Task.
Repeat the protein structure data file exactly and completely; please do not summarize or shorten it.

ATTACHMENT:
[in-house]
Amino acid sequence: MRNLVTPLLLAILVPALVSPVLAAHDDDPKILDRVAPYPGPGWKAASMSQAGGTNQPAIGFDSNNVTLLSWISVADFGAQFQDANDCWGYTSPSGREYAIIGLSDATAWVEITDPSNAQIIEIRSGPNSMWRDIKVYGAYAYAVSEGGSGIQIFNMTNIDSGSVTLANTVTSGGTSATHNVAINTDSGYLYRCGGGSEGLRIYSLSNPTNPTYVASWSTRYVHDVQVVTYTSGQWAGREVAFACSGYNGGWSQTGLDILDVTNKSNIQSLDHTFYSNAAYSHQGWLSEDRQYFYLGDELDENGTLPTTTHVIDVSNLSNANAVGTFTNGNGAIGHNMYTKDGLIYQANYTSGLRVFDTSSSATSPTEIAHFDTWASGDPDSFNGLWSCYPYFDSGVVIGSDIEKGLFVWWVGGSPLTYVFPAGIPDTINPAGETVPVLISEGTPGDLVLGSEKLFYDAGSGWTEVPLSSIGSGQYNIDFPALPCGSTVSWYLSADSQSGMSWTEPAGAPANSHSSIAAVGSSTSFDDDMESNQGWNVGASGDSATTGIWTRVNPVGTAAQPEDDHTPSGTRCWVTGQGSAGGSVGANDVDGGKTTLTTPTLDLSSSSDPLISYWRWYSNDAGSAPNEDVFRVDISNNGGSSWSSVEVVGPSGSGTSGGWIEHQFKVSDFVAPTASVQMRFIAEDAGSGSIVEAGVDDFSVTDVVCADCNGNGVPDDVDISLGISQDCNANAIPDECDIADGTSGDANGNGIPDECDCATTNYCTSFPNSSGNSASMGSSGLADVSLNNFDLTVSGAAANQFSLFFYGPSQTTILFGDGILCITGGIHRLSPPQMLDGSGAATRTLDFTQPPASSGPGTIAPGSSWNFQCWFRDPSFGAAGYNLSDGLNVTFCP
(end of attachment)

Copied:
[in-house]
Amino acid sequence: MRNLVTPLLLAILVPALVSPVLAAHDDDPKILDRVAPYPGPGWKAASMSQAGGTNQPAIGFDSNNVTLLSWISVADFGAQFQDANDCWGYTSPSGREYAIIGLSDATAWVEITDPSNAQIIEIRSGPNSMWRDIKVYGAYAYAVSEGGSGIQIFNMTNIDSGSVTLANTVTSGGTSATHNVAINTDSGYLYRCGGGSEGLRIYSLSNPTNPTYVASWSTRYVHDVQVVTYTSGQWAGREVAFACSGYNGGWSQTGLDILDVTNKSNIQSLDHTFYSNAAYSHQGWLSEDRQYFYLGDELDENGTLPTTTHVIDVSNLSNANAVGTFTNGNGAIGHNMYTKDGLIYQANYTSGLRVFDTSSSATSPTEIAHFDTWASGDPDSFNGLWSCYPYFDSGVVIGSDIEKGLFVWWVGGSPLTYVFPAGIPDTINPAGETVPVLISEGTPGDLVLGSEKLFYDAGSGWTEVPLSSIGSGQYNIDFPALPCGSTVSWYLSADSQSGMSWTEPAGAPANSHSSIAAVGSSTSFDDDMESNQGWNVGASGDSATTGIWTRVNPVGTAAQPEDDHTPSGTRCWVTGQGSAGGSVGANDVDGGKTTLTTPTLDLSSSSDPLISYWRWYSNDAGSAPNEDVFRVDISNNGGSSWSSVEVVGPSGSGTSGGWIEHQFKVSDFVAPTASVQMRFIAEDAGSGSIVEAGVDDFSVTDVVCADCNGNGVPDDVDISLGISQDCNANAIPDECDIADGTSGDANGNGIPDECDCATTNYCTSFPNSSGNSASMGSSGLADVSLNNFDLTVSGAAANQFSLFFYGPSQTTILFGDGILCITGGIHRLSPPQMLDGSGAATRTLDFTQPPASSGPGTIAPGSSWNFQCWFRDPSFGAAGYNLSDGLNVTFCP